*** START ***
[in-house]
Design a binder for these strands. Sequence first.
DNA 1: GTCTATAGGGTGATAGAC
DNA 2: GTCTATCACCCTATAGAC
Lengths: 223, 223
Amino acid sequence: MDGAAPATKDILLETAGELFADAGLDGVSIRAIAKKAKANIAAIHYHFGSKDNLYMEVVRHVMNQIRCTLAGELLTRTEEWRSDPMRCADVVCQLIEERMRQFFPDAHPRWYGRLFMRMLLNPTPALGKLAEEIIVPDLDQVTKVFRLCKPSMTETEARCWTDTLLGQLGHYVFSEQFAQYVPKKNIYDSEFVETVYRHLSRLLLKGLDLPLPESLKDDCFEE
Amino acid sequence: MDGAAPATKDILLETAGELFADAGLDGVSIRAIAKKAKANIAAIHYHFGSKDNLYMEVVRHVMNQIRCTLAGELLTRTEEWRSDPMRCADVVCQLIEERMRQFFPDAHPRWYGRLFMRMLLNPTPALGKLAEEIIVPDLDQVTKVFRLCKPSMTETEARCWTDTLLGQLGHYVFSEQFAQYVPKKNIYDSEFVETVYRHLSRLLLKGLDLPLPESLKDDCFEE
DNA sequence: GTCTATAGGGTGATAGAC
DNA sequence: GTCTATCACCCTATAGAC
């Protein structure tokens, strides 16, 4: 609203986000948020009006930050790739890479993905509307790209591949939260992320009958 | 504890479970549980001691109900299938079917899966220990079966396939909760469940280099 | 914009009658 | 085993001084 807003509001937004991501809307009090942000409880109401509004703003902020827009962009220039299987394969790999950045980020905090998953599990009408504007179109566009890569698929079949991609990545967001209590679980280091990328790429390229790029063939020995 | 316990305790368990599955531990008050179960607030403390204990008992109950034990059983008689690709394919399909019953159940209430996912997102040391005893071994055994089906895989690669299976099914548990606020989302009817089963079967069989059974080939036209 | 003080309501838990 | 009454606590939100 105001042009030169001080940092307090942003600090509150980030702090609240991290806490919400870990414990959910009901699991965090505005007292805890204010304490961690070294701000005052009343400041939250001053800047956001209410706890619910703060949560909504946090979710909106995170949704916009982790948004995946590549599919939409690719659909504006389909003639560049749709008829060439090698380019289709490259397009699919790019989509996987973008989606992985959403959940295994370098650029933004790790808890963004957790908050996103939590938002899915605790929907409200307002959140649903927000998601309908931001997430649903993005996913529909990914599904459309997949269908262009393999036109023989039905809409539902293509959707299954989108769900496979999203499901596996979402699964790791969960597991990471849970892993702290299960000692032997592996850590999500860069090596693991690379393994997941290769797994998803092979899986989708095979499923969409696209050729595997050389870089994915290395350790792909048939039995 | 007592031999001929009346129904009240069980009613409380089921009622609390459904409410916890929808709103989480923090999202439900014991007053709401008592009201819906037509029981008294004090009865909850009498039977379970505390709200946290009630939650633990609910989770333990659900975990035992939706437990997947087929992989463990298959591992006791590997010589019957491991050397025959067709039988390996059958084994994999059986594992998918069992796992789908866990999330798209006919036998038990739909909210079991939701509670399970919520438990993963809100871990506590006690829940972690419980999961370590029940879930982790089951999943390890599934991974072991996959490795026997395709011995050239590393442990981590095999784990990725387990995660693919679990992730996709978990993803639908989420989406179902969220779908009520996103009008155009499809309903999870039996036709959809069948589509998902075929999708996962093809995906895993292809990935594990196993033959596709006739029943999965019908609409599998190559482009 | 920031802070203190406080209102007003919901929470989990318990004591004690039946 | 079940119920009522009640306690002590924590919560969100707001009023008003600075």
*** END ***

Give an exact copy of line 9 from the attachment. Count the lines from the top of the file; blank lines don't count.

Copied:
DNA sequence: GTCTATCACCCTATAGAC